China’s Tencent Literature Focused on Exploiting IP

In Feature Articles by Edward Nawotka

Tencent Literature spin off products

A variety of film, games and animation products have been spun off of Tencent’s network literature IP

In China, the powerhouse Tencent Literature mines its own IP for rights and licensing deals, while expanding this IP through acquisitions and partnerships.

By Edward Nawotka, Editor-in-Chief

Earlier this week China’s Tencent Literature announced an agreement with Boston-based digital distribution platform Trajectory to export Tencent Literature’s catalogue of over 200,000 ebooks to North and South America. Furthermore, Trajectory — read more about Trajectory here — will export English-language titles and make them available to Tencent’s 800 million users.

This is just the latest in several recent events, including the launch of Alibaba’s 11 Main retail website, that demonstrates the increasing power and influence of Chinese online platforms. But when it comes to literature, this move marks the culmination of years of effort on the part of Chinese content sites, and particularly Tencent, to reach readers around the world.

Tencent Literature

Shanda and Tencent

Earlier this year Tencent finished the acquisition of Shanda Cloudary, the pioneering Chinese self-publishing and digital literature platform, which includes well-known online literature sites such as and The acquisition was priced at RMB 5 billion ($800 million), according to Sina Tech.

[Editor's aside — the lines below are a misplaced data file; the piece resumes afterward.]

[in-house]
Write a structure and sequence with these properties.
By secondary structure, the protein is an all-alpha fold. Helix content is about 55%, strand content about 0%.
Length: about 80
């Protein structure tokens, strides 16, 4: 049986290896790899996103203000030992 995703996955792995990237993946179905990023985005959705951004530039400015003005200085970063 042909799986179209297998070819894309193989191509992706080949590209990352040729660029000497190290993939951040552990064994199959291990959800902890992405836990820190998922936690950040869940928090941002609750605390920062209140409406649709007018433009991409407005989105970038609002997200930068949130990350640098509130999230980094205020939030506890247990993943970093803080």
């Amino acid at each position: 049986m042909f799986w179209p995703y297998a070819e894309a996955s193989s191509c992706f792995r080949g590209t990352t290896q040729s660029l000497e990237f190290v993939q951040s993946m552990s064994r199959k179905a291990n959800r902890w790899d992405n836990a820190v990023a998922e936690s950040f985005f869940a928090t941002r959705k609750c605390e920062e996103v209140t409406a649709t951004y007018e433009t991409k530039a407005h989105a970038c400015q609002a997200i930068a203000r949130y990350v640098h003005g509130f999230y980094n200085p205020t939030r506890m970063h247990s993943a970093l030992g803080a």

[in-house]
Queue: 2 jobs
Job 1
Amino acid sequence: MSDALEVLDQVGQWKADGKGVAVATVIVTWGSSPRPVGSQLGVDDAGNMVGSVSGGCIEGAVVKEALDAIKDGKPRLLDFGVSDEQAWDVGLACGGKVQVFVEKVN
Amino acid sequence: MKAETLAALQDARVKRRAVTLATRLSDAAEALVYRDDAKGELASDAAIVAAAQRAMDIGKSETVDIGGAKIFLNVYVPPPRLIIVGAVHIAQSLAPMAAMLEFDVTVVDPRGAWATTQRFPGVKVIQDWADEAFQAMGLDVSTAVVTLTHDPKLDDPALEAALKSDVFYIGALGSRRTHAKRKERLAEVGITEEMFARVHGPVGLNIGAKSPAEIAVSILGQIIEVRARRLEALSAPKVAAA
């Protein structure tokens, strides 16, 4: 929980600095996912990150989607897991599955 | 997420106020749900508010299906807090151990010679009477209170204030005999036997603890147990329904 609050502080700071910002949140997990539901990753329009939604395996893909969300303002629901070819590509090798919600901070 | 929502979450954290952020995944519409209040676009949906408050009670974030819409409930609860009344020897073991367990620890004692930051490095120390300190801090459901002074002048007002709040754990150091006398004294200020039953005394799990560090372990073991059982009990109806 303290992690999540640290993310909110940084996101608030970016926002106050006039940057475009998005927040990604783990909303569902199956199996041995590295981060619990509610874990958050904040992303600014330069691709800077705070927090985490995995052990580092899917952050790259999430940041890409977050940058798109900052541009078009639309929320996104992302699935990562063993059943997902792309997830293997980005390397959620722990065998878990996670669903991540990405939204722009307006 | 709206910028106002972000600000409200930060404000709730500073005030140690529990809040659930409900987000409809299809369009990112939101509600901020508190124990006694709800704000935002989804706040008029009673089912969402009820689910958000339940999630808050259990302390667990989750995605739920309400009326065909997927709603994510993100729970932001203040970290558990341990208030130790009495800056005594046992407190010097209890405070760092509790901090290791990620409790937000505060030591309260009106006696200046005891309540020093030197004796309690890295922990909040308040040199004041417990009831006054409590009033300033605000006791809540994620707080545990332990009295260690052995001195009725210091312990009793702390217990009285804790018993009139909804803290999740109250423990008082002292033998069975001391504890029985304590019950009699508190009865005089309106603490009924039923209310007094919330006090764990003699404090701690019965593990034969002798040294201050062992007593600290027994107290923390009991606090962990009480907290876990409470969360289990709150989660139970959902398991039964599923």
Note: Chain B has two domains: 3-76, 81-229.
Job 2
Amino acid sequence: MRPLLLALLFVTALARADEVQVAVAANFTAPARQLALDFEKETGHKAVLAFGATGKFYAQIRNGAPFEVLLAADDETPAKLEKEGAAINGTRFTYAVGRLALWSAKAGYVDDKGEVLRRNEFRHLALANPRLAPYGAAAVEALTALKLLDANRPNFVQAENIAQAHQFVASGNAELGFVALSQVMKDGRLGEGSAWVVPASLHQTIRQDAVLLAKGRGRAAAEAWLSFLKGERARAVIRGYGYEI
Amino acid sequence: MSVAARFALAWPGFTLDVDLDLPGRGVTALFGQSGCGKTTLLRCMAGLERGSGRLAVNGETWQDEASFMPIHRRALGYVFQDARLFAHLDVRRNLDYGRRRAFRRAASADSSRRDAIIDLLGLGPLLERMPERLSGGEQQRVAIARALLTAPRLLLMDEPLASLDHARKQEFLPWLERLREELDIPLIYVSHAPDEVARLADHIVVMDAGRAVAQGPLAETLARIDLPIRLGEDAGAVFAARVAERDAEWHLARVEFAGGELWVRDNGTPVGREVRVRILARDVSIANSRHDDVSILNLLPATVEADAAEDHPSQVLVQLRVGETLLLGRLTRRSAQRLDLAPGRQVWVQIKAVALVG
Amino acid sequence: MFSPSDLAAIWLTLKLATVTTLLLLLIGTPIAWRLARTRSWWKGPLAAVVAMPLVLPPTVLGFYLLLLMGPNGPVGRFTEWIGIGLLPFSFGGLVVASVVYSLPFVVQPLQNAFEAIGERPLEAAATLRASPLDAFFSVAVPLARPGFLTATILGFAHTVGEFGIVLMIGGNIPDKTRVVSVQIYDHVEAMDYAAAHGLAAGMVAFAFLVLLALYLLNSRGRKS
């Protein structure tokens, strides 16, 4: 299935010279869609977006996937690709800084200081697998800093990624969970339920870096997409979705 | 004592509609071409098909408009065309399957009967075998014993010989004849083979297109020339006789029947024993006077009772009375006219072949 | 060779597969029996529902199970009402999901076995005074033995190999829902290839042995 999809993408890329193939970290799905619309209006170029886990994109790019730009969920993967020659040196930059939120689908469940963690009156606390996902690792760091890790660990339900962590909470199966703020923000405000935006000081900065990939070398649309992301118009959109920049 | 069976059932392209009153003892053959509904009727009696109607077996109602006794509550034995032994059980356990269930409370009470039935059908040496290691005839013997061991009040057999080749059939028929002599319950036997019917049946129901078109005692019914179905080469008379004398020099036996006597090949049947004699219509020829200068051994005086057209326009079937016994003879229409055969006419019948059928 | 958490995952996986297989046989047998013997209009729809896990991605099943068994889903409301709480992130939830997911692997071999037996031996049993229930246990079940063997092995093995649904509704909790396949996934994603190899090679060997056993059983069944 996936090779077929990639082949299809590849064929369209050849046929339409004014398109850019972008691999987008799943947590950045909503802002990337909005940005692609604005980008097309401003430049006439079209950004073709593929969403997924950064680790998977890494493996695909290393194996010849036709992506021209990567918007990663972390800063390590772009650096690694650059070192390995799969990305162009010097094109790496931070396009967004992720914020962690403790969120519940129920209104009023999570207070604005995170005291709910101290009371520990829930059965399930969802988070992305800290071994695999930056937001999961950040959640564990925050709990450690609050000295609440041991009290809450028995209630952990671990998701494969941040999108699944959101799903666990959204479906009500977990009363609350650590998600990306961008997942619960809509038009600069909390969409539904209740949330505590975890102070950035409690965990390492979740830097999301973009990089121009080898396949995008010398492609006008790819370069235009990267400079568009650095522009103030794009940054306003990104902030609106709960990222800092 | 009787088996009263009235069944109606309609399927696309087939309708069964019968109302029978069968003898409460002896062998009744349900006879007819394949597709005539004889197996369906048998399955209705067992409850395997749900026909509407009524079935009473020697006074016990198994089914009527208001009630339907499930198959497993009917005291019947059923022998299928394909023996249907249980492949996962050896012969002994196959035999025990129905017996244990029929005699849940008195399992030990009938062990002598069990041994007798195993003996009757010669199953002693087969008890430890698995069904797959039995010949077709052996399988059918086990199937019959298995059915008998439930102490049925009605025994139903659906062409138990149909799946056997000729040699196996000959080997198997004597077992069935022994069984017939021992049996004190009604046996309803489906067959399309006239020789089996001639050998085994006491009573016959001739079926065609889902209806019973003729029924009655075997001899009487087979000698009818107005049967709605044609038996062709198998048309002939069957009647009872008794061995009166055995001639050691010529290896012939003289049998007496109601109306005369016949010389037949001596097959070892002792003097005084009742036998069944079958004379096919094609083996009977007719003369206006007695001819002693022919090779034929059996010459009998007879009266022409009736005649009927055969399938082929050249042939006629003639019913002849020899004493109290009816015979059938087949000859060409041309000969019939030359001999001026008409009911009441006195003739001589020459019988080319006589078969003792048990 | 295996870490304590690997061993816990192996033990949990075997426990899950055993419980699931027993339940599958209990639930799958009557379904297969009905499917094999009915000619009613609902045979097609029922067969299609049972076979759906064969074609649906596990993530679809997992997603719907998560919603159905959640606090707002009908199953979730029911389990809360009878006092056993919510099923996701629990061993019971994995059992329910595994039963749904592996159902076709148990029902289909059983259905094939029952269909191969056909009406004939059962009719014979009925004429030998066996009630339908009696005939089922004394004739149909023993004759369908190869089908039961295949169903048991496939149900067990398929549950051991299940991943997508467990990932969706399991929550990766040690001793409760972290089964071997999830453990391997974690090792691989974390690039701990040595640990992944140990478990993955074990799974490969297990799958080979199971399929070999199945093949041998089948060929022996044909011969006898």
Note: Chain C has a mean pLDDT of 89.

Shanda, launched in 2008, was innovative in a number of ways, not the least of which was enabling Chinese writers to freely publish online and monetize their work through micropayments from readers as well as rights and licensing deals. As of 2010, it commanded 71.5% of the Chinese reading market (according to Iresearch).

Exploiting IP

Tencent Exploiting IP

Licensing deals was baked into the Shanda model from the start, with the site finding early success with fantasy, YA, and speculative fiction which was spun off into to deals for television, film, animation and video game development. Among its most successful writers was Guo Jingming, who has become a star in his own right, producing and directing the wildly popular Tiny Times films.

This success and exploitation of IP surely made them a target for Tencent, which operates popular reading sites based on its QQ and Wechat platforms, but only established Tencent Literature in September 2013. This quickly grew throughout 2014 to some 15 million active daily users, 200,000 works of literature from 170,000 writers, with around 20 writers earning over RMB 10,000 ($1,600) a day.

Earlier this year, Tencent established a “reading group” to look at opportunities for further rights and licensing deals.

According to Analysis International, the revenue generated by digital mobile reading reading hit RMB 4.63 billion ($750 million) and is expected to reach RMB 10.32 billion ($1.65 billion) in 2015, with some 650 million active subscribers. The user base won’t be lacking.

Tencent Literature's business plan

About the Author

Edward Nawotka

A widely published critic and essayist, Edward Nawotka serves as a speaker, educator and consultant for institutions and businesses involved in the global publishing and content industries. He was also editor-in-chief of Publishing Perspectives since the launch of the publication in 2009 until January 2016.